I have been waiting to communicate these thoughts for a very long time. Before House and Garden shut its lovely doors, Dominique Browning and I conversed together about publishing this piece. But now is the age of the blog. So rather than using a print magazine, I will push this forward for all to read and contemplate.
The discussion of thread count in the bedding world is largely specious. The term “thread count” was originally developed in the USA to differentiate percale from muslin. A thread count is the measurement of threads per square inch. A thread count& that was 200 and over was considered to be a percale. Anything under 200 was considered to be muslin. This nomenclature was never meant to apply to sateens, jaquards and other European manufactured sheeting which are not constructed using the simple “over and under” weave of a percale. For example, to achieve a sateen, threads are “floated” on the surface.
When European sheeting made a serious entrance into the marketplace 25 years ago, Americans continued to ask this question because the packaging was not marked with thread counts, as this standard of measurement had no meaning in Europe. Europeans measured some qualities by grams per square centimeters. Lest I state the obvious, they do not use inches in Europe.
Within a short time, the meme had been created. “What is the thread count? What is the thread count?” chanted the eager luxury consumers. It was meant to project an intelligent question; a question that reflected the knowledge of the consumer. After all, European sheeting was far more expensive than American percale. And if American percale listed thread counts, then so should the rest of the world.
It snowballed. European manufacturers were forced into declaring thread counts. Anichini was included in this charade, which I refer to as “The Emperor with No Threads” Companies were afraid NOT to give the consumer a response, so they loosely created an answer to a question that should never have been asked in the first place.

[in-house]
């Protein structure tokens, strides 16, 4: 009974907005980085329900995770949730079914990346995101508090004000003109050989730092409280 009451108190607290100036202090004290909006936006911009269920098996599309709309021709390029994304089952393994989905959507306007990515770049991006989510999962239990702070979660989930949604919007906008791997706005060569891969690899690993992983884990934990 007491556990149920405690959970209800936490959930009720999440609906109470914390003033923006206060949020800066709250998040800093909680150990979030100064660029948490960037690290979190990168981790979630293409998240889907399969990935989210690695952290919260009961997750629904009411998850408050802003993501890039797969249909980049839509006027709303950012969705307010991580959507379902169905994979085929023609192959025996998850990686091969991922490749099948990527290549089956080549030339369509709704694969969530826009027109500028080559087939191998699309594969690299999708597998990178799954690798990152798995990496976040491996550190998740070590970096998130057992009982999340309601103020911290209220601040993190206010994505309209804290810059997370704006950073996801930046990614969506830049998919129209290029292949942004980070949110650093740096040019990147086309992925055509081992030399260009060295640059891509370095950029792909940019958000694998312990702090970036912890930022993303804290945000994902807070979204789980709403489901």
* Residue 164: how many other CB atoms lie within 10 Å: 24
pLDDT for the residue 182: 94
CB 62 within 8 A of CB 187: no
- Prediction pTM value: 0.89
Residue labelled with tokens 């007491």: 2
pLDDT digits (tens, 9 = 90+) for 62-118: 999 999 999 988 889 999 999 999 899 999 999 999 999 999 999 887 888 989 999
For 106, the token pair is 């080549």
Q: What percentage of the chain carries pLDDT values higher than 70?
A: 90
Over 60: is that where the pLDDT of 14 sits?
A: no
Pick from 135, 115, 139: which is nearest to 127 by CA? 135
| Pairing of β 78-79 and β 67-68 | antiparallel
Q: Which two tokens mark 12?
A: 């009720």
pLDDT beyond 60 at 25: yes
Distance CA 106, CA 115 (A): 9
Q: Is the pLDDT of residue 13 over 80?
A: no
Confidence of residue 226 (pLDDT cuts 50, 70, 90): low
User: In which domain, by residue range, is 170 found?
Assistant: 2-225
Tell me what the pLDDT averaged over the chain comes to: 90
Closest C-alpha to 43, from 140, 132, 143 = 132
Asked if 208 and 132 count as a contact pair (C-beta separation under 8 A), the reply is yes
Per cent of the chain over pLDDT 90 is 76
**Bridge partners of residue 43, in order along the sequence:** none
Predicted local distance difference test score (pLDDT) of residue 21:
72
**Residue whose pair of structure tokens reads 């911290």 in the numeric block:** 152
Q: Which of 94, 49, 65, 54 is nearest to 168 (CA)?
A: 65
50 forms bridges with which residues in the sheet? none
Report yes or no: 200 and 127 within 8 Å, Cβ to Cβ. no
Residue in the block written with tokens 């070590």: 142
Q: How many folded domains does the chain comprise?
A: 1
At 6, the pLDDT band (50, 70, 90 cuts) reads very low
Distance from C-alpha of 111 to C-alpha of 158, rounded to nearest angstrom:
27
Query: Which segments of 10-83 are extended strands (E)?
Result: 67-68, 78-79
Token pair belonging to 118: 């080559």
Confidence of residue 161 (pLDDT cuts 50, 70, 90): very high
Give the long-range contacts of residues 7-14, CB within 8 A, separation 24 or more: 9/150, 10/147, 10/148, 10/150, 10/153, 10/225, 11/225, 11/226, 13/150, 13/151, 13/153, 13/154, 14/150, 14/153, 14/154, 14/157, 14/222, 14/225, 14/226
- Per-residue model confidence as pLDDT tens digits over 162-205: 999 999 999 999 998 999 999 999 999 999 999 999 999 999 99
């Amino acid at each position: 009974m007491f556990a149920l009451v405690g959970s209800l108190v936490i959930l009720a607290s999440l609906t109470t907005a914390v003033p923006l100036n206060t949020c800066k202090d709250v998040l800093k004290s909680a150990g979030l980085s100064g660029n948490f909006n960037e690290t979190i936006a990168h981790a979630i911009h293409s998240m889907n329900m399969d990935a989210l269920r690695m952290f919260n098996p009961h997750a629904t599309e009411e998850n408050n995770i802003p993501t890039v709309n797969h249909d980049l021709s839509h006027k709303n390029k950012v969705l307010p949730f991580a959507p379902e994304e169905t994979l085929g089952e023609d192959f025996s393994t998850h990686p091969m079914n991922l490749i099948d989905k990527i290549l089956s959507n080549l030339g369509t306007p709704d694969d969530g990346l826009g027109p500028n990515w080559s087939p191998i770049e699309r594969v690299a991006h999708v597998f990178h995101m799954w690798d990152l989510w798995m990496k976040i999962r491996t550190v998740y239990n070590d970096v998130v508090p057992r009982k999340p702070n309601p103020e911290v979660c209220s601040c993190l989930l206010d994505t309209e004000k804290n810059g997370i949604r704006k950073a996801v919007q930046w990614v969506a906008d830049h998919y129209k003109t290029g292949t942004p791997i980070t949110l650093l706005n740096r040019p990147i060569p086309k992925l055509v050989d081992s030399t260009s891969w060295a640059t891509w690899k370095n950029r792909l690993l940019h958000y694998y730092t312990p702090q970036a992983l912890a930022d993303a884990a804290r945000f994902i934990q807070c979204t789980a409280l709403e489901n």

We at Anichini resisted for a very long time; attempting to educate the public. But eventually, even we caved in. Every time I had to answer this question and neglected to give this full explanation, I would experience an internal cringe. However, in all these years, we never marked thread counts on any packaging other than percales.
Once that started, the race for higher and higher thread counts took off. Because, after all, higher had to be better! Higher thread counts on packaging became a marketing tool. For the record, in weaving typical long staple cotton yarns, you cannot achieve much over 500 thread counts. However, if you use twisted yarns or double yarns, you simply multiply times 2 and you get 600, 800, etc. In my opinion, if you have a sheet with a 1000 thread count, you may as well wear a raincoat to bed. The weaving is so dense, it does not breathe. VERY recently, I have seen super high thread count sheets created with yarns meant for clothing. They are beautiful and very pricey. But this is an exception to the rule.
A textile lover should be able to touch the fabric and feel it’s “hand”. How does it feel to you? In reality, the quality of the yarn or threads is more important than any superficially applied description.
You may prefer one hand and not another. For instance, you may like linen sheets in the summer and cotton in winter. Linen has a natural coolness to the hand. You may prefer silk sheets or mist lino sheets (50 cotton/50 linen). None of this personal attraction to a specific hand has anything to do with thread count.
There are fabulous sheets produced with low thread counts. Cotton voile is a perfect example; linen is another.
A loose analogy could be purchasing wine. Do you buy a bottle of wine because it has a higher alcohol content? No! You know that a Riesling has a different alcohol content than a Pinot Noir, but you purchase the wine because you like the taste. In the same way that different seasons suggest a different wine, the same is true with sheeting.
Bottom line: Have faith in your sensibilities. Open the package. Remove the sheet and feel it. Look at your hand through it. Is it sheer enough to your liking? Is it heavy enough to your liking? Is it smooth enough? Is it crisp enough? Is the sewing perfect. Are the stitches small and even? Are the hems even? There should be no puckering. Think of it in the way you would buy good clothing!